By DINA ARÉVALO
Port Isabel-South Padre Press
Port Isabel Interim City Manager Jared Hockema was the guest of honor at a recent all-member meeting of the Port Isabel Chamber of Commerce.
The group gathered for breakfast at Pirate’s Landing last Friday and listened as Hockema discussed the current state of the City and its most pressing concerns. Hockema sought to assure Chamber members that though the City faces serious issues, including financial woes which have led to a budget deficit, as well as various parts of City infrastructure in need of repairs or improvement, the future remains hopeful. “We have challenges and we can overcome them,” Hockema said.
Hockema touched on several issues besides the budget deficit, including street repairs, dredging, the Yacht Club, the Port Isabel Event and Cultural Center and the City’s museums. He stressed the importance of allowing sufficient time to address each issue, as well as maintaining transparency between the City and the public.
Part of that transparency, he said, would come from involving citizens more in discussions of City projects such as street repairs. For Hockema, clearly outlining the City’s plans would allow residents to have confidence. “People can get a little sense of assurance that, yes, there is a plan as funds become available to address some of these issues,” he said.
Speaking of the ongoing problems with maintenance dredging, Hockema said the City is seeking a solution via the Army Corps of Engineers. The City also needs to find a suitable spoil site where dredging materials can be left, he said. The City chose to use its previous spoil site as parkland. “Since then the City has applied for additional spoil sites,” he said, saying that regulations are strict.
In the event the Corps is unable to dredge, the City is pursuing other options, he said. “We’ll know by mid-September if they’re going to be able to do it,” Hockema said. He added, “If the Corps is not able to help us then we have our own plan.”
“We wouldn’t be Port Isabel if we didn’t have access to the water,” he said.”One way or another, we’ll find a way to get it done.”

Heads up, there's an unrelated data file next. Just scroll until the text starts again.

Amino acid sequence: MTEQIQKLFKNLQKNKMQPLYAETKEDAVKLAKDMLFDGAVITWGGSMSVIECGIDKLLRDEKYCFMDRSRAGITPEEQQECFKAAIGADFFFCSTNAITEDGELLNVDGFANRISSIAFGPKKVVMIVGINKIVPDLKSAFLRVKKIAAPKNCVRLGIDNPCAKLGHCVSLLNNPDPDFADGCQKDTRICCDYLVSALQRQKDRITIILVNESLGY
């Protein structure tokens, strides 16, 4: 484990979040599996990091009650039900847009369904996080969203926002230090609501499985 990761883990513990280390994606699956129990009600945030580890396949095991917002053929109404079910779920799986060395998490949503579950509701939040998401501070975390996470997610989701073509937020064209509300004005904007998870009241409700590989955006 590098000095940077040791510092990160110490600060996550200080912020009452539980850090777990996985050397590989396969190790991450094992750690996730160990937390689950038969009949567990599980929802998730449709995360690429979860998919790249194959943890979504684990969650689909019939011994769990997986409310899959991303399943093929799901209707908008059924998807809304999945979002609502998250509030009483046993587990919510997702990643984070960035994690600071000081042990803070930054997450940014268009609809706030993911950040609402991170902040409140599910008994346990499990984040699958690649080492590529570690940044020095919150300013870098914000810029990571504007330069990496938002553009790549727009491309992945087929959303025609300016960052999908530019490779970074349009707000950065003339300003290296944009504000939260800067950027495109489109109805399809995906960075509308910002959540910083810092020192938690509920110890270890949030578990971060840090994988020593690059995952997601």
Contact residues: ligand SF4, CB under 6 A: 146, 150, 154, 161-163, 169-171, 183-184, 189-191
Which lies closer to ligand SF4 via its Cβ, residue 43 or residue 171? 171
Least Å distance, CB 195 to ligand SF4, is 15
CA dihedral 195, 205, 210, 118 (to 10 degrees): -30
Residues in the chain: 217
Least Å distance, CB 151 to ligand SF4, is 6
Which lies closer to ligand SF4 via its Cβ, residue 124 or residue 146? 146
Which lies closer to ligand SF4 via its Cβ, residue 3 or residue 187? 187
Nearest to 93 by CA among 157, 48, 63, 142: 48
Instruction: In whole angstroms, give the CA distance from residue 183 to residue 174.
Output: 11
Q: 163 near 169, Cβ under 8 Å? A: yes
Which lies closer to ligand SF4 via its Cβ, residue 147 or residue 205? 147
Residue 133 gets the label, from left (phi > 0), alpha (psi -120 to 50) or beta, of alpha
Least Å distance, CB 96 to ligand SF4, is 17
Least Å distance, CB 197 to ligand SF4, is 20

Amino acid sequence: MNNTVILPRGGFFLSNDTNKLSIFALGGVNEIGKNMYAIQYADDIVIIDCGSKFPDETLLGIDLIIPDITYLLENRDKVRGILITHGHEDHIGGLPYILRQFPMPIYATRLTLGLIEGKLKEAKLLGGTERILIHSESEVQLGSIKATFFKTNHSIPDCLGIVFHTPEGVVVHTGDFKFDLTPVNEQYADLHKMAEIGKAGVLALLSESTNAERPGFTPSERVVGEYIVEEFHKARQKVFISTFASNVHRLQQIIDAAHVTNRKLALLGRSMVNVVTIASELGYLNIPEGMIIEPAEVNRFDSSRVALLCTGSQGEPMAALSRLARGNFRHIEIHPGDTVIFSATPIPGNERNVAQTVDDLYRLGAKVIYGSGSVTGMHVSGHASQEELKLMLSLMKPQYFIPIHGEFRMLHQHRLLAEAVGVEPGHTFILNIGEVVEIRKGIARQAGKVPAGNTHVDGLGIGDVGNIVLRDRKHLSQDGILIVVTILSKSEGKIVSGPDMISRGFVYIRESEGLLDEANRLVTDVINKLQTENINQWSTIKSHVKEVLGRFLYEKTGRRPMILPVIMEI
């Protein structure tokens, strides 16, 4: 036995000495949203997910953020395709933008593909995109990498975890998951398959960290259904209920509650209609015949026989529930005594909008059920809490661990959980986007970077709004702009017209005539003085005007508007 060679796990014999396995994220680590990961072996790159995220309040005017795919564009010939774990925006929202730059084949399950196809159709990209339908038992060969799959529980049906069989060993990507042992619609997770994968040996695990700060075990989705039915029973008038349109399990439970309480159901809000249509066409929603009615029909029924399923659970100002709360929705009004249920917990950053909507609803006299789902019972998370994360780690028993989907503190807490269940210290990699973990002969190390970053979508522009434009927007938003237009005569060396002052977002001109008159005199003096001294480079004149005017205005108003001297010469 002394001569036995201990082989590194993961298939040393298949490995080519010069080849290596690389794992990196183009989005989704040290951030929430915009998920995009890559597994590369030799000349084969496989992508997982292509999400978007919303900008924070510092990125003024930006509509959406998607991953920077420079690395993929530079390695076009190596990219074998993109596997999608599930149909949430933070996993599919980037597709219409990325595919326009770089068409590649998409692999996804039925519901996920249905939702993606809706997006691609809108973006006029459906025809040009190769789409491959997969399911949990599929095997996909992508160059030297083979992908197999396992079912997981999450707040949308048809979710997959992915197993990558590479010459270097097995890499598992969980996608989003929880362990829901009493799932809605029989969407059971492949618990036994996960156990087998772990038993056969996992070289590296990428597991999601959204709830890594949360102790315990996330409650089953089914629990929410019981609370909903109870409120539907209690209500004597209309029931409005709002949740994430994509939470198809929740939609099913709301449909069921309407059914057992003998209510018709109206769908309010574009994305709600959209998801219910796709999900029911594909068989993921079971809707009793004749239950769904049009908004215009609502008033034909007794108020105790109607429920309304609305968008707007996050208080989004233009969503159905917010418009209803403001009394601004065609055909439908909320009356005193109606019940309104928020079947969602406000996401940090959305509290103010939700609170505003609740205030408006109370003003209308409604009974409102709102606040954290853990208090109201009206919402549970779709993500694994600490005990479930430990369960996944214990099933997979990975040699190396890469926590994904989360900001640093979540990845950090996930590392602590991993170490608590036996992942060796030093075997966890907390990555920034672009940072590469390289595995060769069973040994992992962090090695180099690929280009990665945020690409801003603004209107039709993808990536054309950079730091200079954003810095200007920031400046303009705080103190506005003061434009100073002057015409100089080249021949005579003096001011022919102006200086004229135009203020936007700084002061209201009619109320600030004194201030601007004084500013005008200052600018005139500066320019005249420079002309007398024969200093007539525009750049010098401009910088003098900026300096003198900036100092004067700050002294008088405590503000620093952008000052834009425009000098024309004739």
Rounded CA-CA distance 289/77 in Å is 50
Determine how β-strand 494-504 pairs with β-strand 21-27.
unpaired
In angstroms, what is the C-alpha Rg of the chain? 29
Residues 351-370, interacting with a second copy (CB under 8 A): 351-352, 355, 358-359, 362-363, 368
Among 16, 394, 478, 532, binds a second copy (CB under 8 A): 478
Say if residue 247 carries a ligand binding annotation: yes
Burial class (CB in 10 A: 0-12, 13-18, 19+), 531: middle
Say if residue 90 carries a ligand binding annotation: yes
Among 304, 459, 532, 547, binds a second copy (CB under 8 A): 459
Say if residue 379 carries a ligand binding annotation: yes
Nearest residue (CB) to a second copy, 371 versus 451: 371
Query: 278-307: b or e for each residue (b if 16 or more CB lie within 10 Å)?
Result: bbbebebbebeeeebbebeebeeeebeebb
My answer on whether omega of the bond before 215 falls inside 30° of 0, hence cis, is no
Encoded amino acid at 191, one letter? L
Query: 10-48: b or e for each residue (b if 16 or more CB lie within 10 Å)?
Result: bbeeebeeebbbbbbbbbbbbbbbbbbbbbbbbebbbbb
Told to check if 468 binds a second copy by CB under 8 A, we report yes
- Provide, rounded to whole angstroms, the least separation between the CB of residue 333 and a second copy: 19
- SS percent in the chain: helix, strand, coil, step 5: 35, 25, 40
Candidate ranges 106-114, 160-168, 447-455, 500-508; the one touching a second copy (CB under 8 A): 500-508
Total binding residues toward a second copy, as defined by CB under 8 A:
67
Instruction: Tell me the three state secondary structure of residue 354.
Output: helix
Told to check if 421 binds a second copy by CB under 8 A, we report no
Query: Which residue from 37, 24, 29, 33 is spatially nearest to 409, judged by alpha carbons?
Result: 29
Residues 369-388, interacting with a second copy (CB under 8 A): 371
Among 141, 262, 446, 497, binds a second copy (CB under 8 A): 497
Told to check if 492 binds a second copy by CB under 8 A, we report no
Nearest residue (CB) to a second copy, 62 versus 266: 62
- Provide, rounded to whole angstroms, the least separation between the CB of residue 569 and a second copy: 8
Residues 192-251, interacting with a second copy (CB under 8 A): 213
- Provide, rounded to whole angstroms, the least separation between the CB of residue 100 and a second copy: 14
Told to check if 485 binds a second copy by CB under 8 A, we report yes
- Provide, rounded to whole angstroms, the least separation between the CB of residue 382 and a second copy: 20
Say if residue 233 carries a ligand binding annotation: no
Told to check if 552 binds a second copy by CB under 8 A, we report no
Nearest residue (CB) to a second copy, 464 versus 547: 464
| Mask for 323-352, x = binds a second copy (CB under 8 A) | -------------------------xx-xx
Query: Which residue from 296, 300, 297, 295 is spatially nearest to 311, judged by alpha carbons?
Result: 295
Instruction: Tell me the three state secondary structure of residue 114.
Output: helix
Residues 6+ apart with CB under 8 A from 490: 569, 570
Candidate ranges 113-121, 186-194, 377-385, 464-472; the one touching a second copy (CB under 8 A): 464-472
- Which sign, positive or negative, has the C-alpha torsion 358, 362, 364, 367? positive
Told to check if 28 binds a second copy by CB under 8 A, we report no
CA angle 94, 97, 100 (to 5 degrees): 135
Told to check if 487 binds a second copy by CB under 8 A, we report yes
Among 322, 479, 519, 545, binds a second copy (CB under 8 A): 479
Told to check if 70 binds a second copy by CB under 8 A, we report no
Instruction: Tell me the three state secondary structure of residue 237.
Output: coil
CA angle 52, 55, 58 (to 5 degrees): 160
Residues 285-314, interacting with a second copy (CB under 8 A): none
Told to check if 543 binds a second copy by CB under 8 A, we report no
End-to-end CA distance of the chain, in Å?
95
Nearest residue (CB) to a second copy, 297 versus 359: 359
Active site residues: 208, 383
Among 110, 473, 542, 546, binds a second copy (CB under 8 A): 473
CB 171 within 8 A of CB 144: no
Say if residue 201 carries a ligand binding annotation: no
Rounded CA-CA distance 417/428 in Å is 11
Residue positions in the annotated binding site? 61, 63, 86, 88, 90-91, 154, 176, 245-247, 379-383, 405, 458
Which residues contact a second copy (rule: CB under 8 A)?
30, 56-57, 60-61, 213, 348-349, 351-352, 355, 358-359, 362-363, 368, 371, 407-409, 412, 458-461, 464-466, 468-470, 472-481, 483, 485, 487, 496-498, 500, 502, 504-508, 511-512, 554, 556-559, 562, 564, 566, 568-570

Hockema spoke next of the Yacht Club, which he called a great gem of Port Isabel. Hockema said the City’s initial plan was to buy the building, renovate it and then seek tenants. “It has become apparent that we don’t have the resources to finish the project on our own,” he said. Approximately one quarter of the City’s current budget goes towards the building’s debt service, he said.
The City is currently reaching out to developers, but, is also mulling whether or not to proceed with the project. “We’re taking a really hard look,” he said. Hockema stressed that, whatever the future of the Yacht Club, it will remain “something that serves the citizens of this area.”
Another approximately $300,000 of the budget is allocated for the Museums of Port Isabel. Hockema said City staff are evaluating how the three facilities operate to see if, perhaps, changes need to be made. “The museums are not going to close, but will we change the focus? Perhaps. Will we change how they … are going to operate? Perhaps,” he said.
Finally, Hockema discussed the Port Isabel Event and Cultural Center (PIECC). “It’s a little bit hard for the City to digest in the terms of operating cost and debt service,” he said, explaining that some of the recent actions undertaken by the City in regards to the budget have come as a direct result of trying to absorb the costs associated with the PIECC.
“We are on our way to narrowing the loss at that facility,” he said.
“There is a lot of good things that can happen here (in the City)” Hockema said. “We just need to have the structure in place to achieve that,” he said, responding to a question from a Chamber member.
“I think that, whether I’m here or whether anybody else is here, the City’s going to do just fine,” he said.
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